R&CPMK CEO MARK OWENS SHARES HIS INSIGHT WITH PROVOKE NEWS ON WHY THERE ARE BRIGHT LIGHTS AHEAD FOR THE ENTERTAINMENT INDUSTRY IN 2022 AND BEYOND
December 7, 2021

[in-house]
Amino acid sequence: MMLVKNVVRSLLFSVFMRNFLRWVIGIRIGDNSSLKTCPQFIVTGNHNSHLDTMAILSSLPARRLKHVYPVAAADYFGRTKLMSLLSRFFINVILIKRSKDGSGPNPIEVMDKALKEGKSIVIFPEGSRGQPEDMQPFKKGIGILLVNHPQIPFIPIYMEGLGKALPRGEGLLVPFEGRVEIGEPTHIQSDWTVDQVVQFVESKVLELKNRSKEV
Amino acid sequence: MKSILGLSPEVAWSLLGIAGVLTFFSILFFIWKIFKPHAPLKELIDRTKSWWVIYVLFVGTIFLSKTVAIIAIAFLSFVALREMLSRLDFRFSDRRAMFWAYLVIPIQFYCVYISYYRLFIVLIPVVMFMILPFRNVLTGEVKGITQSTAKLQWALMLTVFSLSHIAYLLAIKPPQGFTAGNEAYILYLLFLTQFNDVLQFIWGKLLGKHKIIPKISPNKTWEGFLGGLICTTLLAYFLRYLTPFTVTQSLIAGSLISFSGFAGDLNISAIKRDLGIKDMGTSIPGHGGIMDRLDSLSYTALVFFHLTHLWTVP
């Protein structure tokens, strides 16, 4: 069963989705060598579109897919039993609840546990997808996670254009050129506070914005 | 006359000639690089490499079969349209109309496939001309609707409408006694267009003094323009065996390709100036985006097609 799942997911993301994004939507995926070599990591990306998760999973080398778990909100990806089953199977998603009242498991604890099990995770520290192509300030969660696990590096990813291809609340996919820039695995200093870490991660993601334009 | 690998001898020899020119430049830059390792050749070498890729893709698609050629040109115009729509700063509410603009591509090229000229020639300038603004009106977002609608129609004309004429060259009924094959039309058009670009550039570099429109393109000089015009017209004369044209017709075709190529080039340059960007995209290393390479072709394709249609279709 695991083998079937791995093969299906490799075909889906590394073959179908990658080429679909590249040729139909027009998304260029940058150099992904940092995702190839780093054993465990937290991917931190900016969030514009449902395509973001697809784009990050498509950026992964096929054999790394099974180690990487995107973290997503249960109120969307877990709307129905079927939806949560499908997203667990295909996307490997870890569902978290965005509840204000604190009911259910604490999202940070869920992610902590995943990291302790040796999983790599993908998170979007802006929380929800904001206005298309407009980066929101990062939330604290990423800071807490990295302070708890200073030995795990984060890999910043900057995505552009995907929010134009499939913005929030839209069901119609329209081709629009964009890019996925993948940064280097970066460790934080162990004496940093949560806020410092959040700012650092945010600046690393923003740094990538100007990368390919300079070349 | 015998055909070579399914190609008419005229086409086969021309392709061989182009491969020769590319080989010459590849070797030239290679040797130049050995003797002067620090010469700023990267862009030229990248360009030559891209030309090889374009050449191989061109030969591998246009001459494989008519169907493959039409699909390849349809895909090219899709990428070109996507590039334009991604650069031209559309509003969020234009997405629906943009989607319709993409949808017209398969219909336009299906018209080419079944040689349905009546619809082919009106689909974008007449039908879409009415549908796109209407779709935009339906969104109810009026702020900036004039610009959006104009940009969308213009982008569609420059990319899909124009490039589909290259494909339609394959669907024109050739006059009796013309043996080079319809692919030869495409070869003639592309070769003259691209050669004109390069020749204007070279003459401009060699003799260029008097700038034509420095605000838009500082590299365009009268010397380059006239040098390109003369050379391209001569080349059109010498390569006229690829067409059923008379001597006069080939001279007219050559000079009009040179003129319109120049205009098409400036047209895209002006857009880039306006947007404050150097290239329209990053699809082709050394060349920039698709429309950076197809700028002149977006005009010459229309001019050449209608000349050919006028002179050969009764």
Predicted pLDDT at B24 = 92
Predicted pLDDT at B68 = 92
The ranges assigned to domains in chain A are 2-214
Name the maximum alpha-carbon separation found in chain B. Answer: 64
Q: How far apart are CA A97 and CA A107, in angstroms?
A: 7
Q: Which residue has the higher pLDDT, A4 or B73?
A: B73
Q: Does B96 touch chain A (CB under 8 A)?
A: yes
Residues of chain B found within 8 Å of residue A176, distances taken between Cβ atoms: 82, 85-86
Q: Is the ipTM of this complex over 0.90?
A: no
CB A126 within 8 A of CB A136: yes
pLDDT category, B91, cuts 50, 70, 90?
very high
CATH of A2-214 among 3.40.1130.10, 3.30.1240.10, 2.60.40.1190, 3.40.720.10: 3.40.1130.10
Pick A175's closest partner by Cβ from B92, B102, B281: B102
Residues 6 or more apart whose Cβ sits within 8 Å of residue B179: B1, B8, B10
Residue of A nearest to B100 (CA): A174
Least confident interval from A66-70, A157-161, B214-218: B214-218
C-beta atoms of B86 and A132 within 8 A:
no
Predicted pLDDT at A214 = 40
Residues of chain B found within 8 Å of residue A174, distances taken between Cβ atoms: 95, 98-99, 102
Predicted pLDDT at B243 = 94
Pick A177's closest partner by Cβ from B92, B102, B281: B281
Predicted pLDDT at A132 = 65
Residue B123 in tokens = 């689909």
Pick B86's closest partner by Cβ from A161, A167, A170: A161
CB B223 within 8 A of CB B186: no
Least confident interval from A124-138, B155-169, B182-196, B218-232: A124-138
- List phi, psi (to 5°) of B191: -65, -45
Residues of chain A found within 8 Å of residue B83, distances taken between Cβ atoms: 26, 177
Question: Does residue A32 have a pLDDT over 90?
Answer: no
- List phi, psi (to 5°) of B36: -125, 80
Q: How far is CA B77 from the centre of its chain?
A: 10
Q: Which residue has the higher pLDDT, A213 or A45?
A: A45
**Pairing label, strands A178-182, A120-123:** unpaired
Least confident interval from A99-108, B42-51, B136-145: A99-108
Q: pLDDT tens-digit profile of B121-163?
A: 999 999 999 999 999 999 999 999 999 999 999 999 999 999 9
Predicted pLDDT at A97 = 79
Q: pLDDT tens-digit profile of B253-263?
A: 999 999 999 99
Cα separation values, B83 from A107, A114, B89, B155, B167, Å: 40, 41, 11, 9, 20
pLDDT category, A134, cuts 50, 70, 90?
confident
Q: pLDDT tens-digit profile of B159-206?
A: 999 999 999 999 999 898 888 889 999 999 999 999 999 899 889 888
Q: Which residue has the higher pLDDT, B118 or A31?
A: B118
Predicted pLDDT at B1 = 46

To view the PRovoke News article, click here. “We’re going to see brands being much smarter and have much deeper associations with fewer audiences and fewer festivals and making the best of it,” said R&CPMK CEO Mark Owens. As CEO of Rogers & Cowan PMK, Mark Owens oversees management of the global firm’s client roster, and is responsible for the vision and growth strategy of R&CPMK’s brand and agency offices worldwide. In addition, he is charged with leading ITB, R&CPMK’s sister agency specializing in talent & influencer communications and marketing. When Owens joined what was then Rogers & Cowan in 2015, he brought with him experience and insights gleaned from having spent more than a decade working in entertainment for companies including Bill Gates-owned Corbis Entertainment and Davie Brown Entertainment. In an interview with PRovoke Media, Owens discussed the future of live events, movies, and the expanding importance of brands supporting the arts. The entertainment industry really suffered a blow during Covid. Where is it at now? We are looking at what should be a record-breaking 2022, and that is pretty much the industry as a whole — movies, streaming, live events, concerts. Everything in real life is expecting a tremendously strong 2022 and is planning for that with and without brand support. There’s an enormous pent-up demand for experiences, particularly among Gen Z. Take movies for example. A lot of really big films have been pushed into 2022 — Jurassic World, Top Gun. The expectation is 2022 will break attendance records from 2019 and that was the biggest box office year ever. And in the music space: Live Nation reported that 8 million people attended in-person events or festivals that they ran in August. That’s the highest it’s been since the pandemic, but their expectations (for 2022) are to go and beat 2019 levels.So, fear of Covid is no longer keeping people away? There’s a difference in age where the risk factor is concerned. Gen Z or millennials, they are the ones who are truly going out and really attending the movies and concerts and festivals. They are the first ones back. (Older audiences) are a little bit more cautious, and more looking for the VIP experience in the slightly more vaccinated sections. Yet one would think it’s older consumers who want more traditional experiences, like going to movies versus streaming. I’d say it depends on the piece of content. This is true for movies and music. I don’t believe movies are going to die out. The big franchise movies — the Avenger types and Spider-Man, youth-oriented movies — are still attracting a significant amount of Gen Z and millennials as great affordable experiences. It is still a great evening of community, and they like experiences even though they are 100% digitally native and streaming. With music, we choose what we go to probably based on the artist. Gen A chooses based on the experience. And because they are discovering music on TikTok and Snapchat, they just want to go to Badlands or Governors Ball. They want to see emerging artists and the risk factor is getting better for everyone but particularly for them. What are the challenges the industry is facing?I think one of the challenges in the film industry is how do you communicate that this is in theaters, or this is in theaters and streaming at the same time. HBO has for this year decided to go day-and-date on pretty much every film. Disney has done some. Others, like Bond, have been only in theaters. The challenge for the industry is making sure the consumer that’s out there understands the path of what a film is on and why it makes great sense to see it on a big screen (versus at home). Marketing content is going to have to tailor the messages to different audiences. It’s going to be hard. (Communicating to) somebody who is nervous about getting back into sitting with strangers is not generally what a movie studio does. They are not doing emotional marketing. Where do brands come in? I think brands are more engaged than they ever have been in the music space for sure and almost becoming equally in the film business. They are looking at much more holistic experiences for their customers. Whereas brands used to slap a logo on a tour sponsorship and do some tickets for hospitality, you now see brands looking at music and arts to be in their marketing and social, (connected to) talent celebrating a special show, maybe a limited collection. We’re going to see brands being much smarter and have much deeper associations with fewer audiences and fewer festivals and making the best of it. In my mind, there was a bifurcation in 2020 and 2021 when so many brands, including ours in Mastercard and Cisco, started doing a lot of more intimate streaming programs for their best customers or partners or members. What you also see happening is some platforms doing a live Coachella along with some version of streaming. That raises questions: is that a paid event or is it free? And what are the economics of that to the performers? Which is why brands are so necessary for the funding equation of those kinds of things. It doesn’t sound like we’re facing the predicted demise of traditional entertainment. The demise of the different pieces of the industries often is greatly exaggerated by the media. There was a moment in time when DVDs came out and the thought was they were going to kill the movie business. What it did is expand it because people got to see so many things they couldn’t see at the time. When they wanted to have a special occasion they watched a movie. I think that streaming, and Spotify and TikTok have made people just that much more aware of content and music. The trick is what’s going to keep Gen Z and millennials interested and what do they want.Where does that leave older